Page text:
Endometriosis in Transgender Men: A Call for Inclusive Healthcare

June 24, 2024

By Genester Wilson-King, MD FACOG

Healthcare providers must embrace inclusivity and acknowledge the diverse backgrounds, genetics, ethnicities, genders, and sexual preferences of their patients. As a board-certified OB/Gyn with a specialization in cannabis use in women’s health, I have researched the application of cannabis for managing conditions such as endometriosis for years. A concerning issue has surfaced regarding the prevalence of endometriosis among transgender men, which demands proper attention and immediate action.1

Context

The term “transgender” refers to individuals whose gender identity is different from the gender assigned to them at birth. “Trans” is a common, shortened term. A trans man refers to someone whose gender expression is that of a man but was assigned female at birth. Cisgender refers to people who identify as the gender they were assigned at birth.2 Some trans men menstruate and can experience both physical and psychological pain during this time. Trans men face discrimination and stigma when seeking menstrual and reproductive health care, which can lead to negative experiences ranging from verbal harassment to outright denial of care.3 These challenges can be compounded when it comes to navigating endometriosis.

Endometriosis is a chronic, multi-system disease that impacts roughly one in every seven to ten individuals assigned female at birth. It is traditionally associated with women but it significantly affects transgender men as well. It can cause debilitating symptoms such as heavy menstrual bleeding, painful periods, gastrointestinal issues, and discomfort during intercourse and urination. This combination of factors can impair the psychological, social, and economic well-being of those affected. These impacts are even more pronounced in transgender and gender-diverse individuals, who often face barriers to accessing basic healthcare. They are also more likely to encounter mental health issues and discrimination based on social, housing, and employment environments.4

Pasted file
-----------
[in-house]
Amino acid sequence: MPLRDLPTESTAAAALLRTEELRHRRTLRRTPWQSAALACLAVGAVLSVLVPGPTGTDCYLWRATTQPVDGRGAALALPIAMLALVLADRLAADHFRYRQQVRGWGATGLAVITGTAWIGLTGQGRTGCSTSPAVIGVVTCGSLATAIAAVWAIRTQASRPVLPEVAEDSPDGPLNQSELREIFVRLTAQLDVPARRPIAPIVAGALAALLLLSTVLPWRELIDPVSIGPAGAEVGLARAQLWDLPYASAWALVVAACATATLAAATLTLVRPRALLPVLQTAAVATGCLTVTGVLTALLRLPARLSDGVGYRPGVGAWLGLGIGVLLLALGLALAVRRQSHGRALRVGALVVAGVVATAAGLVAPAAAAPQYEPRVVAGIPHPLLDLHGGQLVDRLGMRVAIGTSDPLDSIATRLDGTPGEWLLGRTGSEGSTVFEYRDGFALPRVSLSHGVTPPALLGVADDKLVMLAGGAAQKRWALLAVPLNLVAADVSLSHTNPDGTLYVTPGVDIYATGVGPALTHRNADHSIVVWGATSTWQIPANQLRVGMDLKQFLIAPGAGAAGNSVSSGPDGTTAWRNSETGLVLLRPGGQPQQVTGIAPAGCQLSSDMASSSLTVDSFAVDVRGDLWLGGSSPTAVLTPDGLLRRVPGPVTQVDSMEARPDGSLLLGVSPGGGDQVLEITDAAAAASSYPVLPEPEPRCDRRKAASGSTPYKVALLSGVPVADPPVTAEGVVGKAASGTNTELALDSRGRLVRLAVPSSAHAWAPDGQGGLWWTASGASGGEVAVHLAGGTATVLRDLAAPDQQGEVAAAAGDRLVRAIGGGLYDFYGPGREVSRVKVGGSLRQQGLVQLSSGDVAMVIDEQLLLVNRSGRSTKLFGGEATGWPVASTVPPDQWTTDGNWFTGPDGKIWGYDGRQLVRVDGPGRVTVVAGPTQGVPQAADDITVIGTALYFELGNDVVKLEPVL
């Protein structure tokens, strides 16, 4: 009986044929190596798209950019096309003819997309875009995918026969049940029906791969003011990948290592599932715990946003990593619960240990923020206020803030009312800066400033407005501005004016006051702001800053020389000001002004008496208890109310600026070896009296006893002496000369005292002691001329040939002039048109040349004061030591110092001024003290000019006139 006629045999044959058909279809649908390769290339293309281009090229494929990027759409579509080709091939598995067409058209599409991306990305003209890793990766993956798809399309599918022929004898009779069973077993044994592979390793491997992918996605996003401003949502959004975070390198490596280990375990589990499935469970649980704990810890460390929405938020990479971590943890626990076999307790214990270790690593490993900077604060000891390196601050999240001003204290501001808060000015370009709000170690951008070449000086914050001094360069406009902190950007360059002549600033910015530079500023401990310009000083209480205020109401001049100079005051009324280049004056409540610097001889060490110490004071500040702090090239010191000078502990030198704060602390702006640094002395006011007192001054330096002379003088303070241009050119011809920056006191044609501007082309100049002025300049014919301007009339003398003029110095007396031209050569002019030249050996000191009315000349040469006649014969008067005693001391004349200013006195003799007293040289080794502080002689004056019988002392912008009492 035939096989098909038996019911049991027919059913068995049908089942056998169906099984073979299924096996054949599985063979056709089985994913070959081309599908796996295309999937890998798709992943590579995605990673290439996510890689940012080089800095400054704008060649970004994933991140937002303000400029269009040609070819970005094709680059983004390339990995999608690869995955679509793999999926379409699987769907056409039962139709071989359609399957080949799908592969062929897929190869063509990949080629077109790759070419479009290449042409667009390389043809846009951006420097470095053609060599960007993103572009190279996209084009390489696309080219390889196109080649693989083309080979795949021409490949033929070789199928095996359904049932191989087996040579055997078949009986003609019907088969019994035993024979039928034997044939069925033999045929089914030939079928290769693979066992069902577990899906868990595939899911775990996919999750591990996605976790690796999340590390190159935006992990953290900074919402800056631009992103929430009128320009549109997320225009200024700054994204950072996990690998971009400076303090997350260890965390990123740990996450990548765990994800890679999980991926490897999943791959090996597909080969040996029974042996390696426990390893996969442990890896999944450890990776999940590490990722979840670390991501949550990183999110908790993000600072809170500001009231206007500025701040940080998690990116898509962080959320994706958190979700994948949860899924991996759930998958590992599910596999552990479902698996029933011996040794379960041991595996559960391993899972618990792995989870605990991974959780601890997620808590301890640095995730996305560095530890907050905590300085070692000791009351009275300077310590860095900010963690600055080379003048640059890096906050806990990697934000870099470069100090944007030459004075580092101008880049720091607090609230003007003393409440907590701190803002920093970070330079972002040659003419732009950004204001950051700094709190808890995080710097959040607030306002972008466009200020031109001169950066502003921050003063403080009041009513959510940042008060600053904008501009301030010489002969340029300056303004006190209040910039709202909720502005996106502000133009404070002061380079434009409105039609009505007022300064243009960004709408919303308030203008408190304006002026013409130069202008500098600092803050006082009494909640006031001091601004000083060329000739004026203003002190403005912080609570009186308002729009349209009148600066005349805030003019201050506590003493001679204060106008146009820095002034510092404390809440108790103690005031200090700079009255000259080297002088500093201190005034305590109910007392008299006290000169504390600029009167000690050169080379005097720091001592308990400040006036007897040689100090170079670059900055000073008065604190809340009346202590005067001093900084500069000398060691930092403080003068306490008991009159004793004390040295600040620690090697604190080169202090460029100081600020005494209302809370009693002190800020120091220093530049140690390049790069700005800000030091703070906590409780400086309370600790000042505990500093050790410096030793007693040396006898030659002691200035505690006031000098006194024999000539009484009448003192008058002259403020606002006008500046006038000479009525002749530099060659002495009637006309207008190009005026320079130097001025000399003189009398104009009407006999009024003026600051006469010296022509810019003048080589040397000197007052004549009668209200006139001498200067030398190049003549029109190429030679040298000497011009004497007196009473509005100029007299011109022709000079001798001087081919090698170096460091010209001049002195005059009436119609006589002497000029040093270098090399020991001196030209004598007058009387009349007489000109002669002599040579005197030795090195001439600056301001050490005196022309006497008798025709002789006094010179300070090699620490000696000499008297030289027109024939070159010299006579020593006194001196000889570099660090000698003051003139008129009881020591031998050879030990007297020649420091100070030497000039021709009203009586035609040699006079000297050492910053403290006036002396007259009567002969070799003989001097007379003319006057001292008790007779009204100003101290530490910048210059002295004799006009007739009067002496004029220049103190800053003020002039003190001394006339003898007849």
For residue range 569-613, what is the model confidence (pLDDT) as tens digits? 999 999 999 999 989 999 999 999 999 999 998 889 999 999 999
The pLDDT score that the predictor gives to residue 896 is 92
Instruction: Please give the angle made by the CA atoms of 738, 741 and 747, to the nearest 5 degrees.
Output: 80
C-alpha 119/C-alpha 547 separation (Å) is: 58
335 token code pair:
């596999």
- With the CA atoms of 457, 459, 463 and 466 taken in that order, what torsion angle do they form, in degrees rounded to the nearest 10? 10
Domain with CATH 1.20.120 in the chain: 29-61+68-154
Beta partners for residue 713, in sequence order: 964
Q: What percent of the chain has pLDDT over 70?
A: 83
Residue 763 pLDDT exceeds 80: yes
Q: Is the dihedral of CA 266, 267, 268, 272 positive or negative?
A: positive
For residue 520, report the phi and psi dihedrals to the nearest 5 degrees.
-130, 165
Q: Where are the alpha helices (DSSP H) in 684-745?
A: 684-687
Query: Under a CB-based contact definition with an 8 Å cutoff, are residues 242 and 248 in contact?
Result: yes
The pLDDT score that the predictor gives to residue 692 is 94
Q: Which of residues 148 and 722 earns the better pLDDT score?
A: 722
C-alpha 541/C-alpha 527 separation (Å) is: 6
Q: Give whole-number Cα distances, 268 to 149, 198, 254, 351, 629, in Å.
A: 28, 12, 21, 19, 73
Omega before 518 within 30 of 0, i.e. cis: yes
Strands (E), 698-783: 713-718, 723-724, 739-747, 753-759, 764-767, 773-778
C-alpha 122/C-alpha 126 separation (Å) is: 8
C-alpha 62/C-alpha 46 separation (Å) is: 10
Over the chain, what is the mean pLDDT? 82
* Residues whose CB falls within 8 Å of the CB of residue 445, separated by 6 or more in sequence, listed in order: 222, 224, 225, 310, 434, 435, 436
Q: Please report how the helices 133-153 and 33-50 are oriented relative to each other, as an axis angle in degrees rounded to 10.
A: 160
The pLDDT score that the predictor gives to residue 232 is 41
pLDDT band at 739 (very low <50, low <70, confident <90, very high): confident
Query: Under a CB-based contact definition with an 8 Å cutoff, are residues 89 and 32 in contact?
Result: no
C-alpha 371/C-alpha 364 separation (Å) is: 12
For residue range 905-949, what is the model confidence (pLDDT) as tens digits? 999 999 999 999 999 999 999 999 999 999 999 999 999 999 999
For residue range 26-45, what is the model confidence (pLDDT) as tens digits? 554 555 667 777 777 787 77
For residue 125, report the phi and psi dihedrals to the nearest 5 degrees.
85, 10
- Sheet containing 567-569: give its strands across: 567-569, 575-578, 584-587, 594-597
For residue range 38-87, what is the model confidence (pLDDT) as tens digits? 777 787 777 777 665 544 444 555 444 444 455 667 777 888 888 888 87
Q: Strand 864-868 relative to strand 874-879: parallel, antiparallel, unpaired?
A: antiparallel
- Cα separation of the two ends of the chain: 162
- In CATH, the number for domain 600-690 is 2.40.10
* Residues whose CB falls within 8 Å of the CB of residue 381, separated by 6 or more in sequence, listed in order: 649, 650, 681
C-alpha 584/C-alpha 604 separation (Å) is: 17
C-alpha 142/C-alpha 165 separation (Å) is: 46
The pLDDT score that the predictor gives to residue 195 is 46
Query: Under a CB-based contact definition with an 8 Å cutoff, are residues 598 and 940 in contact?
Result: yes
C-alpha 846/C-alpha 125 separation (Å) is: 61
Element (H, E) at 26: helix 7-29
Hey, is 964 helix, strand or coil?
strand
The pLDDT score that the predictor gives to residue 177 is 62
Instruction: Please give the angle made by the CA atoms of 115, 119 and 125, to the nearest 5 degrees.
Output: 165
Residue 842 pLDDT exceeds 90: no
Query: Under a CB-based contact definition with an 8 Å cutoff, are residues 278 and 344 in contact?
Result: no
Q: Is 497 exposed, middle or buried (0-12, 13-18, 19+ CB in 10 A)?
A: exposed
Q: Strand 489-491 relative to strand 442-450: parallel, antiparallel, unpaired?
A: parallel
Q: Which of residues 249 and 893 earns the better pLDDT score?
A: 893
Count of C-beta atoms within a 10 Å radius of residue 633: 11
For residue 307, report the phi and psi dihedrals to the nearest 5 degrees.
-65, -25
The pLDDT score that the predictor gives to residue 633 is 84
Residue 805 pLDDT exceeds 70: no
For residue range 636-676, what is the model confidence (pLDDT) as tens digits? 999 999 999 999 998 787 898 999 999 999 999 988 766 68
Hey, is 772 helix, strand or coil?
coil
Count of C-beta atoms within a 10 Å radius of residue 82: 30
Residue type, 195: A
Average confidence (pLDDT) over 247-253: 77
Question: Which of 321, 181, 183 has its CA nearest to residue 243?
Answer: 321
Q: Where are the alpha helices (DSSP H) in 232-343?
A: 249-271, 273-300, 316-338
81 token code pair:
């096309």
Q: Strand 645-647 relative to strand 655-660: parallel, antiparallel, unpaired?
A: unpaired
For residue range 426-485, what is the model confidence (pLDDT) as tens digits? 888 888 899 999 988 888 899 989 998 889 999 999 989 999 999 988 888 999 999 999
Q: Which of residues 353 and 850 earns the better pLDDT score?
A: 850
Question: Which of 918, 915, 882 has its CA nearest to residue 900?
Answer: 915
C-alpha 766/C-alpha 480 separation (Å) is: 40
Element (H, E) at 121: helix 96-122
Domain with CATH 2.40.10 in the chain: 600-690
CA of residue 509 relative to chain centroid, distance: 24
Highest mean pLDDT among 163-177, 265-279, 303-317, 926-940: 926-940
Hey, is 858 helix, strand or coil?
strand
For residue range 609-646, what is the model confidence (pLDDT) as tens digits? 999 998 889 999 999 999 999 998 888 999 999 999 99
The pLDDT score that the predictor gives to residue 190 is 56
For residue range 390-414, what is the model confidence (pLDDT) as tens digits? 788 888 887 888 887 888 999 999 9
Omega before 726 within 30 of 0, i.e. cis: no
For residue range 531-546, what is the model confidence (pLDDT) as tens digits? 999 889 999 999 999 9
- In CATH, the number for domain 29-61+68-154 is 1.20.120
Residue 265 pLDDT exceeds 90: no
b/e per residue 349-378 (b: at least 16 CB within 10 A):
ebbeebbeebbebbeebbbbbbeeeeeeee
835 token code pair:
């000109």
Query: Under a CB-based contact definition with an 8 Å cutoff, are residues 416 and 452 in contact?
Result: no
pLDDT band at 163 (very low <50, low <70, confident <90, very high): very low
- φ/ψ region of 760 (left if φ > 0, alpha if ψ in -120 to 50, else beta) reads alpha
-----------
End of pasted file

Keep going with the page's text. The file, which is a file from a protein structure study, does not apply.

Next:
Disproportionate Impact on Trans Men

Recent studies noted that transgender and gender-diverse individuals experience a higher incidence of chronic pelvic pain compared to cisgender people. A new investigation found that chronic pelvic pain impacts 51% to 72% of the transgender male population compared to 26.6% of cisgender females. This can have a disproportionate impact on trans men dealing with endometriosis since pelvic pain is a common symptom.1,4

Cisgender women with endometriosis frequently experience delays in diagnosis since the condition is commonly misdiagnosed. There are also limited treatment options for endometriosis in general. The challenges for transgender men are exacerbated by several factors. Diagnostic delays for trans men are further compounded due to physician bias and a general lack of education regarding their medical care. A lack of awareness among healthcare providers can lead to a misdiagnosis or a dismissal of symptoms. Sometimes pain associated with endometriosis is attributed to a patient’s hormonal therapies or previous surgeries. The lack of preparedness among healthcare providers can hinder the effective treatment of endometriosis in trans men, which contributes to unfavorable health outcomes​.1

Continuing Education

To address healthcare disparities, it is crucial to reform medical education for people of all genders dealing with endometriosis. Education in medical schools and continuing education (CME) programs need to make sure more healthcare providers are well-informed and equipped to handle the specific needs of all people, including transgender individuals. The current curriculum should evolve to include comprehensive care principles for cisgender women and gender-diverse individuals. This approach should be compassionate and avoid pathologizing or stigmatizing patients. All individuals must receive timely and appropriate care for their unique situation.1,4

Final Note

The call for an inclusive approach in healthcare is not just about improving individual health outcomes, but should also support a system that respects and validates the identity and experiences of all patients, particularly those from marginalized communities. Healthcare providers can take significant steps toward more equitable healthcare for everyone, including transgender men with endometriosis. This comes by integrating comprehensive education and advocating for informed, unbiased care practices. A transformational future is on the horizon. May it shed light on new ways of approaching optimal health for all beings.

References

  1. Vallée, A., Feki, A., & Ayoubi, J. M. (2023). Endometriosis in transgender men: recognizing the missing pieces. Frontiers in Medicine, 10.
  2. National Center for Transgender Equality. (n.d.). Understanding transgender people: The basics. Accessed on June 17, 2024.
  3. Fitzsimons, T. (2020, January 20). For transgender men, pain of menstruation is more than just physical. NBC News. Accessed on June 17, 2024.
  4. Jeffrey, S., Ashton, L., Ferfolja, T., & Armour, M. (2024). Transgender and gender diverse people with endometriosis: A perspective on affirming gynaecological care. Women’s Health, 20(1), 17455057241251974.